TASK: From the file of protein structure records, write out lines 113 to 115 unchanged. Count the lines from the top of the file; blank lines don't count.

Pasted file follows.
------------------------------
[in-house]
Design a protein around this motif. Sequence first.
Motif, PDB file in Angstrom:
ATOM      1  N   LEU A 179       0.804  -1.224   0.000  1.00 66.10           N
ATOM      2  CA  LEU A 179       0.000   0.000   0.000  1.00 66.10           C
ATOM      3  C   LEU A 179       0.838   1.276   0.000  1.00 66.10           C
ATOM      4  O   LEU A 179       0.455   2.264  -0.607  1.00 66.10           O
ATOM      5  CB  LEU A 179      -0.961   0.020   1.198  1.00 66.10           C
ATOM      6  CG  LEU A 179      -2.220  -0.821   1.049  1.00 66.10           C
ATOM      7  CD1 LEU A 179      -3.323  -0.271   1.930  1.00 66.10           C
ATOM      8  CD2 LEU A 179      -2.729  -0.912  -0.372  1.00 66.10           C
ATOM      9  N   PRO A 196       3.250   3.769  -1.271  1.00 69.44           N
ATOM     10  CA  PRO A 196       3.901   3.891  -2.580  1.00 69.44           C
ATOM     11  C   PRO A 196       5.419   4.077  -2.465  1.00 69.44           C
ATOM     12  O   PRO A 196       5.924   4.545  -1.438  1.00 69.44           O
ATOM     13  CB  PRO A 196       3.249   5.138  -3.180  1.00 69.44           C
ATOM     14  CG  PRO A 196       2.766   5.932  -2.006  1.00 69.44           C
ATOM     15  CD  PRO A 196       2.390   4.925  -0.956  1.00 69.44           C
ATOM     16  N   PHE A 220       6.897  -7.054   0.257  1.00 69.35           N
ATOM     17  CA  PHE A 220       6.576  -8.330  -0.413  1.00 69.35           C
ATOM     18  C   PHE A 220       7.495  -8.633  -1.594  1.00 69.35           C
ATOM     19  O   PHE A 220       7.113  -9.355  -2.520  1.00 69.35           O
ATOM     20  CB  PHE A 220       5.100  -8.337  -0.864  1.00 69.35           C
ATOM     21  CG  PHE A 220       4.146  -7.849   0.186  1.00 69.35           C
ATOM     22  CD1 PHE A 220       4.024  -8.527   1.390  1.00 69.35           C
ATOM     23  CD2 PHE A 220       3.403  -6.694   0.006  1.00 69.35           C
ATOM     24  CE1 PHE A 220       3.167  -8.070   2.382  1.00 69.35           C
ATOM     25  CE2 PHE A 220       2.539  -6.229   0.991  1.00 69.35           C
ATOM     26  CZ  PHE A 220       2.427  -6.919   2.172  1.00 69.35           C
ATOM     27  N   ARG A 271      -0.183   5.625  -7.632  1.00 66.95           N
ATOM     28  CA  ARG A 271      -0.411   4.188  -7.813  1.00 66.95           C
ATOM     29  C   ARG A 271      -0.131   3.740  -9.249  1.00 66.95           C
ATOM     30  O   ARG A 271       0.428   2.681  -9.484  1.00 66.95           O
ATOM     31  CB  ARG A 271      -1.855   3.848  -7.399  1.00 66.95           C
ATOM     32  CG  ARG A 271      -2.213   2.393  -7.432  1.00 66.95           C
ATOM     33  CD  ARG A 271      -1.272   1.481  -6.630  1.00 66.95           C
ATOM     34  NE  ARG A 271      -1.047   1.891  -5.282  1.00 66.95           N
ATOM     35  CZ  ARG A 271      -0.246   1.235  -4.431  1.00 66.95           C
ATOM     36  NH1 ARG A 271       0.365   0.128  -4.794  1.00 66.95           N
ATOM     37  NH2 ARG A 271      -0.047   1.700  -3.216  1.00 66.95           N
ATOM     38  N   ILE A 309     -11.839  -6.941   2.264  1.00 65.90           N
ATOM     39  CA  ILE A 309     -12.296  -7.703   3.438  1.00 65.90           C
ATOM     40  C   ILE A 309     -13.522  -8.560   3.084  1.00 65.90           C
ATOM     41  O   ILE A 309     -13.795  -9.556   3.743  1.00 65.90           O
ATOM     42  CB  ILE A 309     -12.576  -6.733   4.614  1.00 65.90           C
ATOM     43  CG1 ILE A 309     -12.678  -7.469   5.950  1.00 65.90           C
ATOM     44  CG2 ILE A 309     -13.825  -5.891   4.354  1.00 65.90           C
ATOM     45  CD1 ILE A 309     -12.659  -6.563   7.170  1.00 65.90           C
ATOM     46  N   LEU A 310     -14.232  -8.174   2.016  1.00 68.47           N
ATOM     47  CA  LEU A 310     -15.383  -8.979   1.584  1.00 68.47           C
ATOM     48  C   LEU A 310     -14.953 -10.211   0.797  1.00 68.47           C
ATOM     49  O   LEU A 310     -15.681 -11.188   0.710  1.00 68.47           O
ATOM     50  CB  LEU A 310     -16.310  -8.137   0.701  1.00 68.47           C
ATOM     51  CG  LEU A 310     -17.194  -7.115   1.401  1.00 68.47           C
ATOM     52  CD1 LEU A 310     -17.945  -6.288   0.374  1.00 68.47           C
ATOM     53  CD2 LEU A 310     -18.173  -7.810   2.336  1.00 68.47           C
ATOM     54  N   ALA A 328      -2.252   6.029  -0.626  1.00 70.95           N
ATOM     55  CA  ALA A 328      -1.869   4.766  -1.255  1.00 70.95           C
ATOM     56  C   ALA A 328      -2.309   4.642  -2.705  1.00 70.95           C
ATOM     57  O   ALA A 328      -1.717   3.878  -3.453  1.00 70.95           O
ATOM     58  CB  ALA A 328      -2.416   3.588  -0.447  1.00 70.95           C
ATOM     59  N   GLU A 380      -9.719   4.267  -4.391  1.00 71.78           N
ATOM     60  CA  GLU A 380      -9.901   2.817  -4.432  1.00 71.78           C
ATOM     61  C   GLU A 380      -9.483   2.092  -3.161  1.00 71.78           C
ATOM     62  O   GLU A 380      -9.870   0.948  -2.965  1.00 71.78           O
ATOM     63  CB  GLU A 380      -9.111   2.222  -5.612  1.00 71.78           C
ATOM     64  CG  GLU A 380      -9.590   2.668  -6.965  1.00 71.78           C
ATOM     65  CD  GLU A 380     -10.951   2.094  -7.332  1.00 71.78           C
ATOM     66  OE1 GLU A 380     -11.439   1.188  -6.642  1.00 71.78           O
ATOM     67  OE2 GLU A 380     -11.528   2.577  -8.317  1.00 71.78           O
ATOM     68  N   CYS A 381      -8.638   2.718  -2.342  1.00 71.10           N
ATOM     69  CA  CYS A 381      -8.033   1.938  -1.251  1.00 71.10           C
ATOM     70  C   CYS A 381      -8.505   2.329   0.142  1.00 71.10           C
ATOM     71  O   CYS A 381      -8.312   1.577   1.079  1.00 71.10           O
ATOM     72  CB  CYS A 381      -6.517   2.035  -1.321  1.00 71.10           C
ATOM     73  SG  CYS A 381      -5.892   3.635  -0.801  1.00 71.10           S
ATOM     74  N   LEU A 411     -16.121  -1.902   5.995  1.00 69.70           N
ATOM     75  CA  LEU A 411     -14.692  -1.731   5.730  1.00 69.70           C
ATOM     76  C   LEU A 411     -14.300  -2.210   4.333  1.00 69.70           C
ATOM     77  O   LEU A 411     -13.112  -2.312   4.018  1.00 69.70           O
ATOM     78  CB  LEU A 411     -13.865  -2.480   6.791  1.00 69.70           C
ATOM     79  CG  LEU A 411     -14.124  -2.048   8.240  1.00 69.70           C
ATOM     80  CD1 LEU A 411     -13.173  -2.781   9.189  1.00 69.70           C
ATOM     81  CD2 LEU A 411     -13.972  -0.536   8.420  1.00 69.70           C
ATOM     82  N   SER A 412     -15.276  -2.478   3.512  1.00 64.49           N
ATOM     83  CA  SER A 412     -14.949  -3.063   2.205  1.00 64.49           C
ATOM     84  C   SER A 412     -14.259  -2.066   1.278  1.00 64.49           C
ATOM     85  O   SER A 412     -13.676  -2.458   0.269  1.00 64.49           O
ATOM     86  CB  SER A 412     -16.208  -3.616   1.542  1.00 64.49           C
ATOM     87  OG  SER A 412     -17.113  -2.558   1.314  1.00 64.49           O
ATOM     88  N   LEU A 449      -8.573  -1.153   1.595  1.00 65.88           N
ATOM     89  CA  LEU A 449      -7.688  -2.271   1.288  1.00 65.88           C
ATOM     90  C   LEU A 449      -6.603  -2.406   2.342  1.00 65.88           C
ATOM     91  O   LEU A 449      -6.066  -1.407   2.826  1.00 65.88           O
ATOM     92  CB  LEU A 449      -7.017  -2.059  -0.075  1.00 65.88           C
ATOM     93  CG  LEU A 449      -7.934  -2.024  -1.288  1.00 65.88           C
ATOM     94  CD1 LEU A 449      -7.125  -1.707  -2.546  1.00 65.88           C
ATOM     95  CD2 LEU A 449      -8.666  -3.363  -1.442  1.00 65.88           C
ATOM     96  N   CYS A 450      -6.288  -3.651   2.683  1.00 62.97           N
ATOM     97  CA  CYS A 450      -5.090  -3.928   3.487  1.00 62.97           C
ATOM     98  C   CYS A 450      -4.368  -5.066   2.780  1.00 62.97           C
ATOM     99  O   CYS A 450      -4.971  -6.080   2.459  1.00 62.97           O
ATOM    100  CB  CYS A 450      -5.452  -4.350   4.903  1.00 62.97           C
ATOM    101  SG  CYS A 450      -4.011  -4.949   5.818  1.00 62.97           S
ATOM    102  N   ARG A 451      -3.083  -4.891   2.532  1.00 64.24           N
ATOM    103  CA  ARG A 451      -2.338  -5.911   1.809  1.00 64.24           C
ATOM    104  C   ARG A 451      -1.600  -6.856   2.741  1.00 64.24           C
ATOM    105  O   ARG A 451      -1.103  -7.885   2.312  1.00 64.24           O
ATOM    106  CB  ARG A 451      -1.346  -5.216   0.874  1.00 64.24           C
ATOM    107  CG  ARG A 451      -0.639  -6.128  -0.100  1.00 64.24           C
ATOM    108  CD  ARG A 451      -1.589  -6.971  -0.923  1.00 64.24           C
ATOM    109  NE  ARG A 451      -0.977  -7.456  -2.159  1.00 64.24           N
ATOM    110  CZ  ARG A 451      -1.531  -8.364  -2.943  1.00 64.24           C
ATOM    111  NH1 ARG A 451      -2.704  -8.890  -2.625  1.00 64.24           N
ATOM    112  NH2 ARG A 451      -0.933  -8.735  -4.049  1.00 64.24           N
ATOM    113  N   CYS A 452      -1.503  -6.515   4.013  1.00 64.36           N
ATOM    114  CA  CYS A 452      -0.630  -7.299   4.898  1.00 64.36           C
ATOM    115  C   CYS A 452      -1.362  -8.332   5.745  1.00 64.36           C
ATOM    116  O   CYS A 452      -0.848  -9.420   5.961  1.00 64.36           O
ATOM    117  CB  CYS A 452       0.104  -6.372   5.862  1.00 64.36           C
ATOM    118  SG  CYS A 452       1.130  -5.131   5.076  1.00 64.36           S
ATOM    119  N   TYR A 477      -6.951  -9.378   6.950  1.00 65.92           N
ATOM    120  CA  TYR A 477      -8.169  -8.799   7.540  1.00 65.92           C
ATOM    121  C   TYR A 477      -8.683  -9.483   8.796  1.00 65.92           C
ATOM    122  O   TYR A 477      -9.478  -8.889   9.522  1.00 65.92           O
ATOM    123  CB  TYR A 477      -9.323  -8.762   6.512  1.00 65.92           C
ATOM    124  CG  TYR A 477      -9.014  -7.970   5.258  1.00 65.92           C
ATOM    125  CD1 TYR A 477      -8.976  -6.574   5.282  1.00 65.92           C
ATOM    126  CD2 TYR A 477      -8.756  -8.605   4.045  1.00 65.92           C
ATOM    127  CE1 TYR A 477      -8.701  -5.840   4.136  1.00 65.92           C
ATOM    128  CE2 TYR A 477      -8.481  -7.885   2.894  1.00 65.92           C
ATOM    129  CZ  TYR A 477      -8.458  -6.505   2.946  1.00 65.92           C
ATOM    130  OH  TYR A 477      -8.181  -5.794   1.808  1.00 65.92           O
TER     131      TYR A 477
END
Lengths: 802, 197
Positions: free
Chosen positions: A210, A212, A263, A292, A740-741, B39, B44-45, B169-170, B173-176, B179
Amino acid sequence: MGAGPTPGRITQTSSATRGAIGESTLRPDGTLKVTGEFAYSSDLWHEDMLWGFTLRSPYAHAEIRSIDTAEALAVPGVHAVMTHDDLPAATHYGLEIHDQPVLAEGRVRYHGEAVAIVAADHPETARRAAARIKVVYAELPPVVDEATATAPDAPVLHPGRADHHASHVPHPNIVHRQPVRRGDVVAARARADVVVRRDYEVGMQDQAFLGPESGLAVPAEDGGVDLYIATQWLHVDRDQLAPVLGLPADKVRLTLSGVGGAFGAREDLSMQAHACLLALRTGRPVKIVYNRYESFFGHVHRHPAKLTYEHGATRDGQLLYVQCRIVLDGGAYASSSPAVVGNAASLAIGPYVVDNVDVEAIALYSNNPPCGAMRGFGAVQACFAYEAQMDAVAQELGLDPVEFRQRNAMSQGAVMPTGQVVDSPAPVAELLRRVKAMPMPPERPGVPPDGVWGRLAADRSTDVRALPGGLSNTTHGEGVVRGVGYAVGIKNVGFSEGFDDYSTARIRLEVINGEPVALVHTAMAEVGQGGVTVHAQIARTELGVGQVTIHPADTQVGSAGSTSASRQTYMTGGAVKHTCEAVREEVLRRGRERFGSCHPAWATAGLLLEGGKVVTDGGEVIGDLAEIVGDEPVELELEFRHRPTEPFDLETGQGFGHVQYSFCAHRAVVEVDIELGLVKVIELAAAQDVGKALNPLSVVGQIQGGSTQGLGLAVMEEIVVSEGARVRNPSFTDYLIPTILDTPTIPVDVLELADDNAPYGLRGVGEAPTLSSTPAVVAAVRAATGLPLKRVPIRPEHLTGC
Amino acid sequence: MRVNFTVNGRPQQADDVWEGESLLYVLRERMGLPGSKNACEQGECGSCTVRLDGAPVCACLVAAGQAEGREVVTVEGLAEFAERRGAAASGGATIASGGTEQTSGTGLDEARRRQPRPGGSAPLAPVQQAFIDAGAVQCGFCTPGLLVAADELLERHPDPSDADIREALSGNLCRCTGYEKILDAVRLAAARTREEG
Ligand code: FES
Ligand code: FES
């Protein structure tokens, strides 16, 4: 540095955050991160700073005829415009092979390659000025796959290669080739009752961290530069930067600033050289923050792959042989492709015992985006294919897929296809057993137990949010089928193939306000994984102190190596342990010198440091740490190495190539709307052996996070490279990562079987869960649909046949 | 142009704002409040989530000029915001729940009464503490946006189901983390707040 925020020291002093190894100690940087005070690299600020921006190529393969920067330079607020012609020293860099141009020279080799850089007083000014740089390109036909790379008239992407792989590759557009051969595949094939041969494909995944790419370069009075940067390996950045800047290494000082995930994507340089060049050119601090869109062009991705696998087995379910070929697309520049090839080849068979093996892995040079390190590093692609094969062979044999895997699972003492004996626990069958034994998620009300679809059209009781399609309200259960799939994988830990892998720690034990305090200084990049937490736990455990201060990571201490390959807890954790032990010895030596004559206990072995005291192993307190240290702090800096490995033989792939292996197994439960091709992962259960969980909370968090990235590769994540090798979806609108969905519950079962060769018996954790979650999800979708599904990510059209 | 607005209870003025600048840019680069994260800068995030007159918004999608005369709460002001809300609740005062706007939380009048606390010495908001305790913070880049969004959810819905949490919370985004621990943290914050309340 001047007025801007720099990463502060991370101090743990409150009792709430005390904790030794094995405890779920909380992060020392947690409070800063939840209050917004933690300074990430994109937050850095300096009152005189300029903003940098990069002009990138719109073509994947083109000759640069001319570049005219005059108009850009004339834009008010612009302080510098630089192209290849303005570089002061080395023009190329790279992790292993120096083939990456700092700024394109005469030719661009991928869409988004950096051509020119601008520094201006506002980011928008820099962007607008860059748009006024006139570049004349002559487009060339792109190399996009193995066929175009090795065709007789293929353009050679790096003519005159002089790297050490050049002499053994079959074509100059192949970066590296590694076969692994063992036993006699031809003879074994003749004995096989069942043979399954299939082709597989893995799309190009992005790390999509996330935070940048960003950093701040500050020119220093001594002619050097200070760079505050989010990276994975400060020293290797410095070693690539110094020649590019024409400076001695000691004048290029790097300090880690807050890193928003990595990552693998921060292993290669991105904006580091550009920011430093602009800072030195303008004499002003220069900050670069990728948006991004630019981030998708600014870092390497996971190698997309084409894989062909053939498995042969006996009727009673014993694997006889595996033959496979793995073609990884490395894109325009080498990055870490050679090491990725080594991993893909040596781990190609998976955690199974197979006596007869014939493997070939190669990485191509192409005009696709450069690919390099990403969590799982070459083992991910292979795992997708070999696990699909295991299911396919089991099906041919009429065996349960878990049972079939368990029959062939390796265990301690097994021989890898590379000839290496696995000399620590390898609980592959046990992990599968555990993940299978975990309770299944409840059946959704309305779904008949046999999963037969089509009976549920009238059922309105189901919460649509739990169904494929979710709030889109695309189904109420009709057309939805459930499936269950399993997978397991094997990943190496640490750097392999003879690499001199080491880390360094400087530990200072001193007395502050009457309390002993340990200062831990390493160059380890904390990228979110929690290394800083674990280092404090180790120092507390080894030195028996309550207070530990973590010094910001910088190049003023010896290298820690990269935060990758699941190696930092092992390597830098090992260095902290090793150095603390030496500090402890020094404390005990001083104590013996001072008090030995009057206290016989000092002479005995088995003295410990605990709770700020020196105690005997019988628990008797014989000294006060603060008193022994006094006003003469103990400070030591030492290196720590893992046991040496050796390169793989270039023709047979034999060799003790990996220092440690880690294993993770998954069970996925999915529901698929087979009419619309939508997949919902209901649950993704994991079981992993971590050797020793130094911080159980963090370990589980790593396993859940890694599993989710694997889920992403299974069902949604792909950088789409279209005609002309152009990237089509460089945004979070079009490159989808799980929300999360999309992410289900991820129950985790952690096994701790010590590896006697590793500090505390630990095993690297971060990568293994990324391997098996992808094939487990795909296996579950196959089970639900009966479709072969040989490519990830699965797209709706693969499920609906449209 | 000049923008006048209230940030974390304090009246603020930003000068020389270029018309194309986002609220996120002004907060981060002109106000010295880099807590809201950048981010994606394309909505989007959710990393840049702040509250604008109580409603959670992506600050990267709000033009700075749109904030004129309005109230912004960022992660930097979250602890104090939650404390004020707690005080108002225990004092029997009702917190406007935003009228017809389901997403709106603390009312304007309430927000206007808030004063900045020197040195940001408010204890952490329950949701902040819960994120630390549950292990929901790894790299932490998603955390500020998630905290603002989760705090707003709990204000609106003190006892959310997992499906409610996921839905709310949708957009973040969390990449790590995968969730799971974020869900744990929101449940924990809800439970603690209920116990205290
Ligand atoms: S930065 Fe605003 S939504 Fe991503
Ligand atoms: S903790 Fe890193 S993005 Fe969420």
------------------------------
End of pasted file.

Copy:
ATOM    110  CZ  ARG A 451      -1.531  -8.364  -2.943  1.00 64.24           C
ATOM    111  NH1 ARG A 451      -2.704  -8.890  -2.625  1.00 64.24           N
ATOM    112  NH2 ARG A 451      -0.933  -8.735  -4.049  1.00 64.24           N